America: Redirecting our fears to beauty and growth

Zen monk and author Geri Larkin talks about refocusing fear. Photo: David CrummPACIFIC COAST: It doesn’t take a psychic to know that America’s greatest problem at the moment is fear. But, just to make sure, we actually asked a psychic and she insisted it’s true—and with good reason! From best-selling author Marcus Borg to a woman opening a brand new store in hard times, our stories throughout the week mirrored our collective anxiety.

But there’s hope, too! Everyone seemed to be summoning advice as quickly as anxiety. For example, the psychic Raia, who we met in Yachats, Oregon, said, “If you want to survive this, you’re really going to have to concentrate on the positive. If you take on the world’s negativity, you’re going down with everything else that goes down.”

Among the most positive people we found this week were foreigners visiting the U.S.

Lobsang Gyatso from Tibetan was working in a booth called Key to Tibet at a roadside farmer’s market demonstrating the long, clear peals produced by traditional Tibetan singing bowls. “This is what sells best,” he said, sounding a large bowl with a padded mallet and standing silently until its tone finally faded. “Meditation is what clears our minds and brings healing and a better way of life.”

A Danish family touring lighthouses at first claimed they had no advice to share. “I don’t think I’ve seen enough of your country to give advice about America,” said Peter Bergsagel, who works for an oil company back home.

Peter and Rikke Bergsagel tour Heceta Lighthouse with their family along the Pacific coast. Photo: David CrummThen, his wife Rikke Bergsagel, a teacher, said something pretty wise, after all: “I don’t see a need to worry. Your country is so beautiful, so very beautiful. Can’t you see it?”

Buddhist monk and author Geri Larkin, once a leader of Buddhist centers in Ann Arbor and Detroit, moved to the Northwest several years ago and now lives in Eugene, Oregon. Living in a small home, she writes for magazines and volunteers at community feeding programs that serve the poor.

We asked Larkin: Is fear really America’s biggest problem once again, much like it was in the Great Depression?

“Absolutely. Positively. That’s it,” she said. “Everybody has fear right now. And you know what? It doesn’t do anyone any good. Fear doesn’t really change anything and it muddies our thinking. If you’re in a situation that scares you, then you simply can’t think clearly.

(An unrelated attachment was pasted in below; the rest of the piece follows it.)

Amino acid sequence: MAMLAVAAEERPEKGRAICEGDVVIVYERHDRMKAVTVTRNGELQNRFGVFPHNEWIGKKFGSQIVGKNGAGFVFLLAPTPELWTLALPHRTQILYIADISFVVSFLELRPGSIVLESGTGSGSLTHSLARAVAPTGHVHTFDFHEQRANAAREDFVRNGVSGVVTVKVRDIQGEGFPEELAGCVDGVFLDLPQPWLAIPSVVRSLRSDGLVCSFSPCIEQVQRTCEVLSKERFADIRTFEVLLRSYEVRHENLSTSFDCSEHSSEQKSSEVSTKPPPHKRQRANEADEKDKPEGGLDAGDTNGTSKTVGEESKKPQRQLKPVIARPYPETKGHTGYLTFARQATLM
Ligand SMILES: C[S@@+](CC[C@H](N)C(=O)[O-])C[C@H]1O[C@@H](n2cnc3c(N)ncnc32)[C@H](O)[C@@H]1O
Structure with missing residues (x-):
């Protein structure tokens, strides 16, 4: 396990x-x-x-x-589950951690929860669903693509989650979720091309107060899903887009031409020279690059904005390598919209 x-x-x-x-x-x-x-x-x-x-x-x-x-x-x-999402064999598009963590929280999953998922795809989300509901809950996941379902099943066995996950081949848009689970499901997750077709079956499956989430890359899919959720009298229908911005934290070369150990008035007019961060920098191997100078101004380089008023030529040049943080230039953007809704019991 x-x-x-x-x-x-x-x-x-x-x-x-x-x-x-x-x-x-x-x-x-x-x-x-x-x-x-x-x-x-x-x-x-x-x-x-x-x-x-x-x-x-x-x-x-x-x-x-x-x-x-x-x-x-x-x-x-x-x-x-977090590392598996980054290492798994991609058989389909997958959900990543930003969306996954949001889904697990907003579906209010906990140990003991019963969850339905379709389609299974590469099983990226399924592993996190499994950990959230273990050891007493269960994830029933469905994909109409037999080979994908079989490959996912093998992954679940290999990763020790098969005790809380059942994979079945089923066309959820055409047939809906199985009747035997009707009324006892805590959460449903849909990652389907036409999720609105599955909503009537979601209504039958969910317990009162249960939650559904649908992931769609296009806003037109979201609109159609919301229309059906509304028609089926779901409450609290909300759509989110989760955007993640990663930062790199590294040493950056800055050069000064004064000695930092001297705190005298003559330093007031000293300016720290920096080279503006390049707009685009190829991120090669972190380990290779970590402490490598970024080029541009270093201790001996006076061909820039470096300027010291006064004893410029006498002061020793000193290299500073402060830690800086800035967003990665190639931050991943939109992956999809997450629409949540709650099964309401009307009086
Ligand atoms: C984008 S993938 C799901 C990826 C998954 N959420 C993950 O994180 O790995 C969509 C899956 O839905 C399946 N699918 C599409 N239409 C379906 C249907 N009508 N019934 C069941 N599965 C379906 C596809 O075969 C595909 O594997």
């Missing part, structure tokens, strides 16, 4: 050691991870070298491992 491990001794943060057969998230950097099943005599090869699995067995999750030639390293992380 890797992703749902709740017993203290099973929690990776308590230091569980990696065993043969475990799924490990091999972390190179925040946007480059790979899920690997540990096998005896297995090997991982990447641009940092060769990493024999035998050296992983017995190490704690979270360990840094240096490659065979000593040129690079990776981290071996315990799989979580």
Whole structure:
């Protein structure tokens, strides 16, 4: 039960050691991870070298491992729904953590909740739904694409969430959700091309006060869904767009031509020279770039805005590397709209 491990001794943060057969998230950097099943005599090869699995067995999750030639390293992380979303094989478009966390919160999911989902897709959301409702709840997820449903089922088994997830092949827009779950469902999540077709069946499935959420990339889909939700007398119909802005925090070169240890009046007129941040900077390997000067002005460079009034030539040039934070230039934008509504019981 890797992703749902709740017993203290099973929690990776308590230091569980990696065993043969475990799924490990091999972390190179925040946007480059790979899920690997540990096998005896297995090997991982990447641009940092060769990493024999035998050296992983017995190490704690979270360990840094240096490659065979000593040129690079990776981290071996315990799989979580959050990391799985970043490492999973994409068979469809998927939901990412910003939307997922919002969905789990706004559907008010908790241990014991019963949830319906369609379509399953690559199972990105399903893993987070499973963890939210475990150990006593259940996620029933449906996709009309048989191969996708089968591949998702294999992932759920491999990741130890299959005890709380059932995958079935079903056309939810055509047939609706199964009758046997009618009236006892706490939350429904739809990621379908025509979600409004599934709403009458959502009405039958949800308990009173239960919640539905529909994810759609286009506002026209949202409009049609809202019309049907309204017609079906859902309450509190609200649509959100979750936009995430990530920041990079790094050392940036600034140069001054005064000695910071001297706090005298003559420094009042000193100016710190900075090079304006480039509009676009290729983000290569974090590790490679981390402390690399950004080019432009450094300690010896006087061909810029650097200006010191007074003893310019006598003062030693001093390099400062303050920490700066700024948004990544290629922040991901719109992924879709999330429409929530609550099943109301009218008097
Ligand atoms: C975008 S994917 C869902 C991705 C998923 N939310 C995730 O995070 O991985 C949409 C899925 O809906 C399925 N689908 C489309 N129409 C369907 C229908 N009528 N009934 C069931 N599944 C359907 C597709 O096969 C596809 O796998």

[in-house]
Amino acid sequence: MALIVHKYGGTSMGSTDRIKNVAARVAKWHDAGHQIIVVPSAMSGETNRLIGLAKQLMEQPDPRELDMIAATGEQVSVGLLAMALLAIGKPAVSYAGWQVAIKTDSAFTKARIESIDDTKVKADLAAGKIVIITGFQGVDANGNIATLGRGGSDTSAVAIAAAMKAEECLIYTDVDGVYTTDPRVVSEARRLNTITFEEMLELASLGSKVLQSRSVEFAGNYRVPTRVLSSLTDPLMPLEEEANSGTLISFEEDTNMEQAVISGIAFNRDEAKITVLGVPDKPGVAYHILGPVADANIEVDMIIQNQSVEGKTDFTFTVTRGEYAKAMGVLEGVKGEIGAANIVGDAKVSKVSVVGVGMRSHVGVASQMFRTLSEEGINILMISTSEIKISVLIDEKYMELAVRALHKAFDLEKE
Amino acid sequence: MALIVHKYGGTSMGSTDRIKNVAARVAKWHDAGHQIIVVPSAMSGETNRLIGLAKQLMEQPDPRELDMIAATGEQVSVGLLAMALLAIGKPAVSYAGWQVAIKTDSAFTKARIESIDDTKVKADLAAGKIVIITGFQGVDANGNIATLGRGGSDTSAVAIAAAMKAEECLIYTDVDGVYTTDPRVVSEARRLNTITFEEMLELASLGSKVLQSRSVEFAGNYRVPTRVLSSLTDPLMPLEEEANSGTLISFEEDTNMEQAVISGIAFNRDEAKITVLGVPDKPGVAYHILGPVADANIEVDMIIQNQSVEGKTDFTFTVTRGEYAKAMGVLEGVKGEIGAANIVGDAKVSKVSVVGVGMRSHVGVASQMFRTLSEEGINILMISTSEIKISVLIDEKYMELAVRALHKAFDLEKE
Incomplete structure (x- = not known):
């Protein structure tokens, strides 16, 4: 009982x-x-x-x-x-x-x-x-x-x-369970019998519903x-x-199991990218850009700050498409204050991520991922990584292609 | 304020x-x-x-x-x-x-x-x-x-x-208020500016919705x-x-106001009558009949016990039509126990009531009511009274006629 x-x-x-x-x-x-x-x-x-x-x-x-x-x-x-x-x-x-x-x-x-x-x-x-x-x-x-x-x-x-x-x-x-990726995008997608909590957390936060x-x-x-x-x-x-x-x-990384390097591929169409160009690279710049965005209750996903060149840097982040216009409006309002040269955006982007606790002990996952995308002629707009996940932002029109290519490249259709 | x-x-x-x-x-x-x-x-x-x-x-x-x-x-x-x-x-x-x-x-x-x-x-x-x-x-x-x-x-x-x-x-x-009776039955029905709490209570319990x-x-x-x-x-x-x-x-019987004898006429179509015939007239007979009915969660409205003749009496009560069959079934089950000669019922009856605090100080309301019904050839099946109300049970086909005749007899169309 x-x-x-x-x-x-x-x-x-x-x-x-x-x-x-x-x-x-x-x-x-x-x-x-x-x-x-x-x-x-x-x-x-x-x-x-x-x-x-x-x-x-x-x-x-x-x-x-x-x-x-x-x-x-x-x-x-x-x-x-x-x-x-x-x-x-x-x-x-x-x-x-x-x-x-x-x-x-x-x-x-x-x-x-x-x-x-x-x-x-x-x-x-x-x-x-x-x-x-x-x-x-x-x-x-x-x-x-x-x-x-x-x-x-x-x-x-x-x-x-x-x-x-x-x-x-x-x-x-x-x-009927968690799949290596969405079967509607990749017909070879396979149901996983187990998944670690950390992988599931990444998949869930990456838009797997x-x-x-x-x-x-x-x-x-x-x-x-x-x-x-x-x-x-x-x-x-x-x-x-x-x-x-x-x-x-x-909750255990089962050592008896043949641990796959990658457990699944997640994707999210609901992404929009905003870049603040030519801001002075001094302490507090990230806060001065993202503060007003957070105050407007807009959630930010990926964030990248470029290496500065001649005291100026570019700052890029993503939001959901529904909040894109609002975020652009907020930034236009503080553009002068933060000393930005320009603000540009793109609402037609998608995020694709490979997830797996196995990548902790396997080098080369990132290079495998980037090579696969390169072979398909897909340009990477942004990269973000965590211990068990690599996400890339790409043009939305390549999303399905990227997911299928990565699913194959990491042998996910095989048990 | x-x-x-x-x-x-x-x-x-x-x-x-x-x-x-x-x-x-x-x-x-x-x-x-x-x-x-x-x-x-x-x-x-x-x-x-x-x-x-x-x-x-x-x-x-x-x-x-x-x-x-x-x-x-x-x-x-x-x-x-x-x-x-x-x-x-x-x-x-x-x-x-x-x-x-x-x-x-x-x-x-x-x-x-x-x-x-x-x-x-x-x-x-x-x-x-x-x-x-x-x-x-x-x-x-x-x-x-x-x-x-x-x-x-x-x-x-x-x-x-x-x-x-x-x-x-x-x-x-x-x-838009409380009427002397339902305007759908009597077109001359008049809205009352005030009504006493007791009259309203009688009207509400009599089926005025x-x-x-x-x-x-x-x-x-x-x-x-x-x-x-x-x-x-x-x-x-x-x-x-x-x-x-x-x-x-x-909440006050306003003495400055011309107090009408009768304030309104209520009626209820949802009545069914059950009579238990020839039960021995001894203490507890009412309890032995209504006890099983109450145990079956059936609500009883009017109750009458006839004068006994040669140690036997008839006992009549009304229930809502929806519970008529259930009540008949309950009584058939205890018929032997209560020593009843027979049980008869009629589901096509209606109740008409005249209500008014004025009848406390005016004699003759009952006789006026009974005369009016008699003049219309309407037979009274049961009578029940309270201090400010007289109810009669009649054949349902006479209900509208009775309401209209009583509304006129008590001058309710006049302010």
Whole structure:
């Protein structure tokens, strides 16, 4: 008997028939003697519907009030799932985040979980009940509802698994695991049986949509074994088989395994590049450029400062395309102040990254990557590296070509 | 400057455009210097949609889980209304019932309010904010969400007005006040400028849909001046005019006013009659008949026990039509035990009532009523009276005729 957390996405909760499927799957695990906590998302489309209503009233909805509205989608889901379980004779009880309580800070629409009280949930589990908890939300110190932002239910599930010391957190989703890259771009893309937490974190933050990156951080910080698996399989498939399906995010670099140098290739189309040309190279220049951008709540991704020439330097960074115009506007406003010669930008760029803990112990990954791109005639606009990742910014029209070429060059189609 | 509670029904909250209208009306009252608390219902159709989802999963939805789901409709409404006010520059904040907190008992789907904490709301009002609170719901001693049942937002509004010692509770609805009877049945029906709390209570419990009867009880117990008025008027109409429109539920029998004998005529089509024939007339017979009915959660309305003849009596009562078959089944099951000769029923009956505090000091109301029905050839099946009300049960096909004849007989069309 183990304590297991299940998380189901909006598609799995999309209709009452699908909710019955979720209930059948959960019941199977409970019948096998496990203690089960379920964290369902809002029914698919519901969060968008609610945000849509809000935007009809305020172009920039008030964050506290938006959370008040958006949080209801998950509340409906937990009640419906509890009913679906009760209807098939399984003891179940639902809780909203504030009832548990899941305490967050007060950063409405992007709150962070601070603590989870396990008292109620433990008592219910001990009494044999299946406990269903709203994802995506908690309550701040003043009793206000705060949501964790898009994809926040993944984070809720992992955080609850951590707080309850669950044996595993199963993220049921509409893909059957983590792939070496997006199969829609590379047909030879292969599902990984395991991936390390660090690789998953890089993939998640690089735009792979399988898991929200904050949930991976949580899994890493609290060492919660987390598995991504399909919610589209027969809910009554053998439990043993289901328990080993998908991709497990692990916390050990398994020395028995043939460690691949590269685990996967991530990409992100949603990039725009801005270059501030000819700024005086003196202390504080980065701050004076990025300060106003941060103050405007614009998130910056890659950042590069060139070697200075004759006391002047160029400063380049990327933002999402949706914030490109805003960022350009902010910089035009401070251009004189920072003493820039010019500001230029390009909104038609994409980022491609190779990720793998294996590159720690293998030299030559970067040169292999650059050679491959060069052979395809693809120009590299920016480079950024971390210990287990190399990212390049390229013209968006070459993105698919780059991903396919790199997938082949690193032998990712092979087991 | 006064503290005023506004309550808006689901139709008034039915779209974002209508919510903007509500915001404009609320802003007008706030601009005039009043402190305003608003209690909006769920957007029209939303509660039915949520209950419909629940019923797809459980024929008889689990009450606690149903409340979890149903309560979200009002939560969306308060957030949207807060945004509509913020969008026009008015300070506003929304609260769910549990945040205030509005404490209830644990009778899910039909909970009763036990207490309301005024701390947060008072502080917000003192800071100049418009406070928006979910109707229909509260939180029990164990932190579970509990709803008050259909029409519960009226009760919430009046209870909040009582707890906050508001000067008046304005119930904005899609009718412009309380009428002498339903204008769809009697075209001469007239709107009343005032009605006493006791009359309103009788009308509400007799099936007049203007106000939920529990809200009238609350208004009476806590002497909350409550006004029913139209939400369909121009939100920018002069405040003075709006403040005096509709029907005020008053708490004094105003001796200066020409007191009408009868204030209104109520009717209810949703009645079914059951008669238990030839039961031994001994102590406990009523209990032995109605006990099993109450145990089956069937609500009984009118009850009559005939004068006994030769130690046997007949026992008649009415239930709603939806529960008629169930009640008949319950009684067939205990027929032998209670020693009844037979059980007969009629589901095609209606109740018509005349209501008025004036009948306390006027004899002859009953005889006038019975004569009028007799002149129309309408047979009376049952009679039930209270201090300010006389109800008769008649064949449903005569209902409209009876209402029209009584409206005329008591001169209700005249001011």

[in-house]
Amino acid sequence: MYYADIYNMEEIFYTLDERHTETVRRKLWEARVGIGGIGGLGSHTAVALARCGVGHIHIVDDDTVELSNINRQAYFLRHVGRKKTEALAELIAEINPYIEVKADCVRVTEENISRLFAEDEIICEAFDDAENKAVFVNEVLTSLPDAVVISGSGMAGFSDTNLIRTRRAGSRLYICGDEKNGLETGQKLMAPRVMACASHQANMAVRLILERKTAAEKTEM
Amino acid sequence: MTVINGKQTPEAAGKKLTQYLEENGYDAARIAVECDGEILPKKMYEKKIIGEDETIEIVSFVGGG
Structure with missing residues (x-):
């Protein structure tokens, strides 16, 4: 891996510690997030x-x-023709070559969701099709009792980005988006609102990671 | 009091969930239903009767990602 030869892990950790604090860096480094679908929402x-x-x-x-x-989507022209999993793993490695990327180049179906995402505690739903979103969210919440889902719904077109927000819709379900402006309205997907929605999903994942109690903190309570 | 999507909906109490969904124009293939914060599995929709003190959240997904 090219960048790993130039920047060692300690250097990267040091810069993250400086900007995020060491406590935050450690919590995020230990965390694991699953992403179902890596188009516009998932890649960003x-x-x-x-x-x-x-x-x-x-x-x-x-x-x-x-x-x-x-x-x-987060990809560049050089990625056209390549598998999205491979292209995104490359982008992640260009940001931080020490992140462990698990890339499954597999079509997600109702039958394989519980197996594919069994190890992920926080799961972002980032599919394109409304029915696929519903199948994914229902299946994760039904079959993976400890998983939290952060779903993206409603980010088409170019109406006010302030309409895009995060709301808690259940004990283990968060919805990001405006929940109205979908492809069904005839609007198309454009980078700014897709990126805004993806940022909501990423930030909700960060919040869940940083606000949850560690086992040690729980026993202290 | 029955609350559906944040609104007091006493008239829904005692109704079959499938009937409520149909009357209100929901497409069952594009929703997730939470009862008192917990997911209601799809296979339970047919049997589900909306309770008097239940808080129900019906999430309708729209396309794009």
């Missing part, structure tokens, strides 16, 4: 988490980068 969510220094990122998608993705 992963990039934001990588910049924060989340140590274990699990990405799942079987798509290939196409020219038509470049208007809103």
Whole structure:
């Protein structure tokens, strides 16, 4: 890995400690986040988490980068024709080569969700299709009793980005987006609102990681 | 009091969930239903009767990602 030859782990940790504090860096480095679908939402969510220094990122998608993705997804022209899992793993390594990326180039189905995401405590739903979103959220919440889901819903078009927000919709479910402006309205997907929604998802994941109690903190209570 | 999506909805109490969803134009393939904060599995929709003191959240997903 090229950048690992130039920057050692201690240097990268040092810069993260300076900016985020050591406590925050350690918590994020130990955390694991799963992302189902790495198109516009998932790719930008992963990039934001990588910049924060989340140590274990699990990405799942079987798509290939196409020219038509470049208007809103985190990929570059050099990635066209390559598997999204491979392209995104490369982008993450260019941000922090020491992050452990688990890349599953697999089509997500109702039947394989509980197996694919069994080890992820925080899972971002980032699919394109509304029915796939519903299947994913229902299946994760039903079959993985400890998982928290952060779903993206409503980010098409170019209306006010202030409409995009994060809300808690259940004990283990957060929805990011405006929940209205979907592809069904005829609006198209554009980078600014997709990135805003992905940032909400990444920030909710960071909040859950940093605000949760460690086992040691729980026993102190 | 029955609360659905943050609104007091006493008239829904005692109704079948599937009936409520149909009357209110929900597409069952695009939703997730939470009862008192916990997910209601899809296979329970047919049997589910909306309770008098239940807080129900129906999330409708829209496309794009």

“From a Buddhist perspective, there isn’t anything I can do but pay attention to right now and be as helpful as I can right now. So, here’s how I translate that in practical ways: I work in a food bank and I always carry food in my car for homeless people. I carry granola bars and other things that are good for people but also are easy to carry around and hand out. Everyday, someone gets food from me.

“With fear, the issue is not whether we’re feeling fear. Yeah, there’s fear. But, to that I say: So what? The issue is how do we live our lives right now so that the Earth isn’t harmed and people around us aren’t harmed. When people are afraid, the next thing that happens is they start spinning around, looking for who they can blame. That’s a big problem, when we turn the energy from our fear into blame. Instead, we should turn it into more energy for digging in our gardens and planting more food to feed more people.”

Today, Sunday August 15, we reach Los Angeles, where we are invited to talk about our journey at Covenant Presbyterian Church, an unusually creative congregation. A year ago, Covenant began inviting its mostly older parishioners to begin bringing their beloved pets to church with them on a weekly basis. So far, church leaders are limiting the invitation to dogs. Comfortable pet pads now are interspersed between seats for people.

Who knows? Perhaps such human-animal interaction holds hope for American unity. You can read about it this week as we pass through Los Angeles and eventually turn east, trace a stretch of the old Route 66 and head toward New Orleans. Follow our adventures daily.

You can purchase a copy of Geri Larkin’s latest book, “Plant Seed Pull Weed,” via Amazon.

(Photos and story by Editor David Crumm and his son Benjamin who are devoting 40 days and 9,000 miles to circling the United States and talking with Americans about what divides and what could unite us.)

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